Wednesday, April 4, 2012

Q & A with Debra Mieszala, Featured Speaker at IGS Conference

The Indiana Genealogical Society’s 2012 Conference is fast approaching. It will be held Saturday, April 28 at the Allen County Public Library in Fort Wayne, Indiana. Debra S. Mieszala will be our featured speaker. Debra was kind enough to participate in an e-mail interview with IGS Vice President Tina Lyons. Below are her responses.

What inspired you to start researching your own family?
Debra: I grew up hearing stories about long-gone family members, so family history was always a topic of interest. When I was in high school my history teacher gave an assignment to make a family tree. Simple enough, as some great-aunts (that I never met) had done beautiful calligraphy trees for me and my sisters. I added a page of information found in a book about a person with the same name as an ancestor, and considered the project done. Not my most overachieving work, but it is how it happened. The teacher had all of the trees on the back wall. I enjoyed looking at them, so there was a spark.

We had a break. After it I went back to the teacher, looking for my family tree. "I threw those out," he said. And I immediately vowed to recreate it. It has grown and errors were fixed. But I still wonder how those maternal great aunts uncovered some of what they found long ago, especially on my father's side of the family. With modern access to older resources, we are a bit spoiled, but should aim to never neglect visiting courthouses, cemeteries, archives, and libraries.

How long have you been doing genealogy?
Over 30 years.

What does genealogy give to you, personally?
It allows me to be a detective, an analyst, a solver of puzzles, and a student of history on large and small scales. It has taught me where the artistic streak in the family came from, where the sense of humor carried down, and that the labels people place on themselves are so much more complex than they might imagine. I feel it gives me a more complete sense of self. And there is a great satisfaction in helping others to discover these things, too.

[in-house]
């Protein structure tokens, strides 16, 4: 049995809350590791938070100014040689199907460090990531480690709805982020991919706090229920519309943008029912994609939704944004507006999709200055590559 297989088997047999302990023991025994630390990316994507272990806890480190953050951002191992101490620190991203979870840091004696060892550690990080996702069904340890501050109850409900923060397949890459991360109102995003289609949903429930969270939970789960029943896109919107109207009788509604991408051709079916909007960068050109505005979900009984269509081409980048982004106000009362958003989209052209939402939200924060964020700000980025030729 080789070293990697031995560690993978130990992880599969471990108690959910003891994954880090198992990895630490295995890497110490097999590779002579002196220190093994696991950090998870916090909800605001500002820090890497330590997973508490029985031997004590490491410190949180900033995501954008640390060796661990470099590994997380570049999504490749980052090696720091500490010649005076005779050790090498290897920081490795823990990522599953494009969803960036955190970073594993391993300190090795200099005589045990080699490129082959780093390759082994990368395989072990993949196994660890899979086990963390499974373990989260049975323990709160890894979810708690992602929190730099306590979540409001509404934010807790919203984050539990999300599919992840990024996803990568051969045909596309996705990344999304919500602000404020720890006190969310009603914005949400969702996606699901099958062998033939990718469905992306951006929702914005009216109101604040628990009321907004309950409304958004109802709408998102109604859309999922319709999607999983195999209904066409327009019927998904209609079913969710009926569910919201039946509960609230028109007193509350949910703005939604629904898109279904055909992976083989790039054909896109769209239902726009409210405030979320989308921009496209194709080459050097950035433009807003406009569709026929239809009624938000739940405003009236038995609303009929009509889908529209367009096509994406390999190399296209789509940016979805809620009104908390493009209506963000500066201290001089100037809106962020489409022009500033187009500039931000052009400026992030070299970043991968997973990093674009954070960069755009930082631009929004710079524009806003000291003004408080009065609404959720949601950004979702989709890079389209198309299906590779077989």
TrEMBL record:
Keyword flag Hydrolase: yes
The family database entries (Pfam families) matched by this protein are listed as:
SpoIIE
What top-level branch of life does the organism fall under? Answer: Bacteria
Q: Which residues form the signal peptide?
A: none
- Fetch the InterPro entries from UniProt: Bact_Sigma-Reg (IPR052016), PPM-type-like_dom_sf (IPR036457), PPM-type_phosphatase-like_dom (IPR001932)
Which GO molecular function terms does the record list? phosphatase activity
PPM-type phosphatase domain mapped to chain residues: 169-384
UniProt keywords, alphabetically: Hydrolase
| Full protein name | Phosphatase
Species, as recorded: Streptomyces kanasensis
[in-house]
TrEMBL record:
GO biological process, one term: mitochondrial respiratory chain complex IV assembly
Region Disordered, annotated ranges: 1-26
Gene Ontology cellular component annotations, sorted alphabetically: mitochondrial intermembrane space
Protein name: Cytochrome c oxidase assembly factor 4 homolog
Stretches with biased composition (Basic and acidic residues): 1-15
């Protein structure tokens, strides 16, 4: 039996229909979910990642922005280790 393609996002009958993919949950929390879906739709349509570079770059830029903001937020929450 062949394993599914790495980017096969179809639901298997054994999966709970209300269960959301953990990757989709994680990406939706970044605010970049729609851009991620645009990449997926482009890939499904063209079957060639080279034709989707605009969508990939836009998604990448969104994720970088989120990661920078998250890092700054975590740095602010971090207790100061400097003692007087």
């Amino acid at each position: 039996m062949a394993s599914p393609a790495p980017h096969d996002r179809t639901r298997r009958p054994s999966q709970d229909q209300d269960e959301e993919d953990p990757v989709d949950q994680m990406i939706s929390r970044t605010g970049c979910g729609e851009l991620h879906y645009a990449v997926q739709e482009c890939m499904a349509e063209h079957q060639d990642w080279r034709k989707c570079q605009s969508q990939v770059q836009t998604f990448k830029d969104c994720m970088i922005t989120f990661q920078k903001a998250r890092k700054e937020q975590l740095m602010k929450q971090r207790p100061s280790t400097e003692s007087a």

How did you get started helping the military locate next of kin for missing soldiers?
I was recommended (without my knowledge) by a colleague that worked with me on another project. I did a trial case to see what I thought of the work and was hooked. It really is humbling to be part of such an amazing and important project. I often think of these service members, most who died before I was born, and think what an interesting world it is where I am allowed a tiny role in their "lives" years after their deaths.

How does one go from being a forest ranger to being a professional genealogist?
In one way, going from forest ranger to genealogist is not that difficult a stretch. As a ranger I usually worked solo, aside from my favorite partner, a horse named Desperado. We had contact with park visitors and other staff. As a genealogist much of my work is done alone, with some contact with the outside world in the form of librarians, records clerks, and fellow genealogists. However, I miss my four-legged partner, and my old office, the woods, is hard to duplicate. A clipping of Desperado's tail hairs hangs over my office bookcase as a reminder of the many trails we took together over 23 years. Those trails led me here.

Do you consider volunteerism in genealogy organizations valuable and important and why? Volunteerism is critical to the field of genealogy and to the personal growth of each genealogist. There is something about giving that inevitably makes room for this "give back" phenomenon. I interview newly Board-certified genealogists for press releases, and almost always see that they have had roles in societies large and small -- as officers, volunteers, and on committees. I think that is a very telling thing. One can't operate in a vacuum and learn enough in this field. Through volunteering we support our organizations, which allows records to be preserved and enables others to learn about their families. Those others often teach us about local history and communities in the process. The only people who lose in a volunteer situation are the ones who don't raise their hands and step forward.

1 comment:

  1. Wonderful answers to great questions. Debbie, you do have a true talent.